“Life Cycle Of Window Materials - A Comparative Assessment” by Asif, Davidson and Muneer. A comparative life cycle assessment of the environmental impact of different window materials is included for its interesting materials energy cost analysis.

“Domestic Retrofitting Strategies in the UK: Effectiveness vs. Affordability” is an interesting presentation of the effectiveness of different energy retrofitting strategies, including shutters.

“What Replacement Windows Can’t Replace: The Real Cost of Replacing Historic Windows” Walter Sedovic and Jill Gotthelf provide an excellent discussion of the comparative value of window replacement versus repair. Many aspects of sustainability are considered.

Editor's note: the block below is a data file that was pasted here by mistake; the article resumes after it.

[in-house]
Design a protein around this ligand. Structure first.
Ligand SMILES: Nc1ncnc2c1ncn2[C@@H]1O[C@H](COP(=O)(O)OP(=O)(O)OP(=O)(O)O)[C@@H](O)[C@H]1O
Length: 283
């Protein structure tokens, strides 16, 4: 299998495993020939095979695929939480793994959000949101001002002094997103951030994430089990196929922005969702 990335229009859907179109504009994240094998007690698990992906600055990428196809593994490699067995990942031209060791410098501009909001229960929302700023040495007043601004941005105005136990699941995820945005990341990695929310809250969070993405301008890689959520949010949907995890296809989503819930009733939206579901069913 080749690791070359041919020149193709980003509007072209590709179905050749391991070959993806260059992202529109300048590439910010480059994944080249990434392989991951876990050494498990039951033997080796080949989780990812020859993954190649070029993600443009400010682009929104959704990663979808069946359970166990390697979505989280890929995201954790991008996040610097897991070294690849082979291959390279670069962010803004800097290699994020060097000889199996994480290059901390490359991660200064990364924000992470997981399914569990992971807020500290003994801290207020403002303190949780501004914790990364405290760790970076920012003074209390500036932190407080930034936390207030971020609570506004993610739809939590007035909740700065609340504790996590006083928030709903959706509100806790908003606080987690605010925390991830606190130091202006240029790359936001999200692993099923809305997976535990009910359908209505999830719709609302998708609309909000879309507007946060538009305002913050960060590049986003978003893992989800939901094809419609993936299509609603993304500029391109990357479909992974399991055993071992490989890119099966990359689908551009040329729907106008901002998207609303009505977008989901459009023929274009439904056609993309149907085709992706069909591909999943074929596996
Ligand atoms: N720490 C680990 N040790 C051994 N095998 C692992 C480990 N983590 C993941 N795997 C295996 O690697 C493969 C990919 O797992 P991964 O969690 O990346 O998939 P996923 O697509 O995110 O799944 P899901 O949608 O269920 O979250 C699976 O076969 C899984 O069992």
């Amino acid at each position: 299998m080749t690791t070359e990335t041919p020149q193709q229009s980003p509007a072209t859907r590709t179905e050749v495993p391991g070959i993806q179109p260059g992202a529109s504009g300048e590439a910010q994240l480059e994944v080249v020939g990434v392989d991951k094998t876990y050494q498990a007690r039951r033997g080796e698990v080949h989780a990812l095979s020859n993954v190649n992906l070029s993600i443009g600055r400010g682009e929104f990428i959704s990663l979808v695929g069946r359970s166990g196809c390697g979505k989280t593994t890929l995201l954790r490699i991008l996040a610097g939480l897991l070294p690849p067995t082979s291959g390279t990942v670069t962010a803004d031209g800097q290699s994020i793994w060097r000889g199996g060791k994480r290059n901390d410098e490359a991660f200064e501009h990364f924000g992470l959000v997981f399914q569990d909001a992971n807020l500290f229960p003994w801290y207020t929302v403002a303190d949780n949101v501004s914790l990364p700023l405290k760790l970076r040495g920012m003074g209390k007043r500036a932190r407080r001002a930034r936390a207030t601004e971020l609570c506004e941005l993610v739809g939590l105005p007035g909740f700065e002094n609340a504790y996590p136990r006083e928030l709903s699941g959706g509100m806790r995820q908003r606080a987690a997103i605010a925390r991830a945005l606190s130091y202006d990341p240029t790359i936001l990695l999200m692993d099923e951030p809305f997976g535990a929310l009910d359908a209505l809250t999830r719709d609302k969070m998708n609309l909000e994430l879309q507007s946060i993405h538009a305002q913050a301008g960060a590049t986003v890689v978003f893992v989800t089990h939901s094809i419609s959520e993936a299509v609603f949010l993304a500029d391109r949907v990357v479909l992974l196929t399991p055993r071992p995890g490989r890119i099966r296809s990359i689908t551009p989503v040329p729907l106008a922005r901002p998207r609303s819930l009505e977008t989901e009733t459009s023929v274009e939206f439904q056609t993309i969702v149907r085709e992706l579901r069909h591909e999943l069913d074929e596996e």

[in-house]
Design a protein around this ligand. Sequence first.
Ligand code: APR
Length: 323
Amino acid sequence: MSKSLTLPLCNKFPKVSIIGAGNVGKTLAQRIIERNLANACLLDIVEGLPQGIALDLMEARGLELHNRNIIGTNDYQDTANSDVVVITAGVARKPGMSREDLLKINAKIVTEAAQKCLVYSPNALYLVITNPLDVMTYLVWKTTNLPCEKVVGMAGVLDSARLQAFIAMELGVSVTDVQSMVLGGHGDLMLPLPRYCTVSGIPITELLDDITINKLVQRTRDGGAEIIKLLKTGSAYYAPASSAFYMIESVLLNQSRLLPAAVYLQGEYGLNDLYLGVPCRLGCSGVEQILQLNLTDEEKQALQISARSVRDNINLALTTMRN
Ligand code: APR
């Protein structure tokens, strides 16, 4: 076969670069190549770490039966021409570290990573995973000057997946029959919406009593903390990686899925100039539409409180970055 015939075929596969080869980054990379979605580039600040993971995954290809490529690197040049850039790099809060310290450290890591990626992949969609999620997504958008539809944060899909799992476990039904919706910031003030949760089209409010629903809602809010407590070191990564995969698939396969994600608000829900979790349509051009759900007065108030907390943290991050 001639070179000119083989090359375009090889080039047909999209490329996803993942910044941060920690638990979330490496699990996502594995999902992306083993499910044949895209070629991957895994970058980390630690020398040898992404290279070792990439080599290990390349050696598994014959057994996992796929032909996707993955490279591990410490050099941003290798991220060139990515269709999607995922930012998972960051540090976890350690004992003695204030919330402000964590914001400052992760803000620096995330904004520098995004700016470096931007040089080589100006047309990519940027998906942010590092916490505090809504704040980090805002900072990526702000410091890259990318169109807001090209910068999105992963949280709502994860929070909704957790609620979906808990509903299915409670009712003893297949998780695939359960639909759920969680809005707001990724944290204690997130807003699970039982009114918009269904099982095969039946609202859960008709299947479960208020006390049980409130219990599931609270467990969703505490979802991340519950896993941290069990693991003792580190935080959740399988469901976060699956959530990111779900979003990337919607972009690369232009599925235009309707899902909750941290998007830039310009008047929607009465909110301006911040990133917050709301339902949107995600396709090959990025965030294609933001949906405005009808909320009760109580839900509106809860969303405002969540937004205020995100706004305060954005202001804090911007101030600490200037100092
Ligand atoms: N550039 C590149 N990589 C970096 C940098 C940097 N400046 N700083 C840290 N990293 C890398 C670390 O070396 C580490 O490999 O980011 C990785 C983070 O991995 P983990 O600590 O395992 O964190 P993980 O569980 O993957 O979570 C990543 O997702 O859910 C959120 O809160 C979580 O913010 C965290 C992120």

“Testing the energy performance of wood windows in Cold Climates” by Brad James, Andrew Shapiro, Steve Flanders and Dr. David Hemenway is a thoroughly researched paper that concludes that historic windows should not be replaced for energy considerations alone, as retrofitted and replacement windows perform similarly.

Lincoln Hall Windows Research Report: A Case Study of Options for Treatment for Windows at Lincoln Hall, University Of Illinois, Urbana Champaign This report provides empirical data to assess window repair or replacement options for a proposed LEED Gold project, addressing the existing windows in terms of energy consumption.


Window Replacements in the Media

"Storm Windows Save Energy" Home Energy Magazine, 1/28/14

"Old Windows Find a Following" by Katie Zezima. New York Times 7/27/2011.

“Windows Aren't Always A Clear Path for Savings: In Quest to Boost Energy-Efficiency, Small Changes Might Have Bigger Payoff by Terri Rupar. Washington Post 5/16/2009.

Thinking Of New Windows? Save Your Energy National Public Radio (NPR) 10/11/2009. 

"What Should I Do About My Windows?" by Bill Mattinson, Ross DePaola, and Dariush Arasteh for Home Energy Magazine.  August 2002